"The federal mediators assisting negotiations between BART and the two unions representing their employees, announced this morning that at their request negotiations are continuing under their auspices," the transit system said in a statement. "In consideration, parties have agreed that in the public interest, trains will operate on a normal schedule on Tuesday."
The unions for BART employees, the Amalgamated Transit Union (ATU) and the Service Employees International Union (SEIU), have said they are prepared to strike for a second time this year, following a weeklong walkout that occurred in July.
"In order to avoid a strike, we agree to continue bargaining for one more day in order for the riders, our workers, and the Bay Area get the resolution to these drawn-out negotiations they deserve,” SEIU 1021 Executive Director Pete Castelli said in a statement Monday.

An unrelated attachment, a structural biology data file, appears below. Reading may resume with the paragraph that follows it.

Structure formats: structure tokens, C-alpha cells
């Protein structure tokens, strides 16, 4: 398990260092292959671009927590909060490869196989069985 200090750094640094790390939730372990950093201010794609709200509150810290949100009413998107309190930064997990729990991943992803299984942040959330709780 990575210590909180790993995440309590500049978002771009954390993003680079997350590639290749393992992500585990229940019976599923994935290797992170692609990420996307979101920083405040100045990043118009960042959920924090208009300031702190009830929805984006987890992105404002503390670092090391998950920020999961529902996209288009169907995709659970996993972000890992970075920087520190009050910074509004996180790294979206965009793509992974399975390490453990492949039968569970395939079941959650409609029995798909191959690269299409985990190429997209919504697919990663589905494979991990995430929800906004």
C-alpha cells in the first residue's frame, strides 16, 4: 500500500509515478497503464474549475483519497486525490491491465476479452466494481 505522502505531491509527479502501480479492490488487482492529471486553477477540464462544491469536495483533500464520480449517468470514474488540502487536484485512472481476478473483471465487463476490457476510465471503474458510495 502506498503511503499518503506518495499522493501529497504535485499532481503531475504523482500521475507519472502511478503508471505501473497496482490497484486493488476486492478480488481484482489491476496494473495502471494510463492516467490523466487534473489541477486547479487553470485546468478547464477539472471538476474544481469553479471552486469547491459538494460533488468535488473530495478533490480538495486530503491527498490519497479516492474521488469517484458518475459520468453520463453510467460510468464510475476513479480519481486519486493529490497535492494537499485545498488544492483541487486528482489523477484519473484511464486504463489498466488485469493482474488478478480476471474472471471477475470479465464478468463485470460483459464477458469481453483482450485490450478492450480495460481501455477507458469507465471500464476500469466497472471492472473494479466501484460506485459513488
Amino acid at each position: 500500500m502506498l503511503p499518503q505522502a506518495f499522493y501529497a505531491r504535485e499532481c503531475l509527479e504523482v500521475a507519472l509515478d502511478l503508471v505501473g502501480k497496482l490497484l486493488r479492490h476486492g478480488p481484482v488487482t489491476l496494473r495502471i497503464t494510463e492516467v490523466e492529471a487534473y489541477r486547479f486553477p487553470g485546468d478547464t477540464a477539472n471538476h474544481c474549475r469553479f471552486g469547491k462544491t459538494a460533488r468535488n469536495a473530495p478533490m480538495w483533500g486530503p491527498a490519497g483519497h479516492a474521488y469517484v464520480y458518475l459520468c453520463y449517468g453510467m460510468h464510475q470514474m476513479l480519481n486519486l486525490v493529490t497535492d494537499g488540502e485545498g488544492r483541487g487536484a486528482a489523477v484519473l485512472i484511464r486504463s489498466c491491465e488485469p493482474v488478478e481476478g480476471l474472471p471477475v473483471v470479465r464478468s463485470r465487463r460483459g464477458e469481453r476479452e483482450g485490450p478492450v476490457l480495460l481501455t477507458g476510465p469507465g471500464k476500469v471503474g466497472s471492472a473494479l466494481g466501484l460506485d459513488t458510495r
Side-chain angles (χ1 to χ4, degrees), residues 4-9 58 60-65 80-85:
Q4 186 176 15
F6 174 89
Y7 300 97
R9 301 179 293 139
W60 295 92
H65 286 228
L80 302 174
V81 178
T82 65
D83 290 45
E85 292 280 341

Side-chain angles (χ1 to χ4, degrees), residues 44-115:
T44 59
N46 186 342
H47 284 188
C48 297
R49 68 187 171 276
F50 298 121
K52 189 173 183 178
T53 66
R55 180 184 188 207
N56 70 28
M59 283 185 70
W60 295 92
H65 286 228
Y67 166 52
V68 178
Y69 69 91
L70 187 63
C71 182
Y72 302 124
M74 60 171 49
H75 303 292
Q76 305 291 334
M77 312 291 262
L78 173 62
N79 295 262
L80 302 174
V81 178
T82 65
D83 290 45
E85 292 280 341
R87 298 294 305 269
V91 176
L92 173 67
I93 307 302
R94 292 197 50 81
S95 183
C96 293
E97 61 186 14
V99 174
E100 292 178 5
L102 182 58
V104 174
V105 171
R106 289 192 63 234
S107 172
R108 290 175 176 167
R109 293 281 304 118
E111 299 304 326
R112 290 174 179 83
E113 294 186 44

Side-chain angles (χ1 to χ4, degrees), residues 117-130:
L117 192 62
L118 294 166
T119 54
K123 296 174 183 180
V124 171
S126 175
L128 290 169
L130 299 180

“We give this notice at this hour so that the public can know that the trains will run tomorrow and that there is no need for them to make alternative commute plans,” Castelli continued. “However, we want to be clear that if we do not have a resolution by midnight tomorrow, we will be forced out on strike.”
The labor issues that are roiling the BART system have drawn national attention because the San Francisco transit normally trails only New York City's subway, Washington, D.C.'s Metrorail, Chicago's "L" and Boston's "T" subways in daily ridership among U.S. public transportation agencies.
Leaders for the unions have said that they were trying to achieve better pay and safer working conditions for BART workers in the contentious negotiations.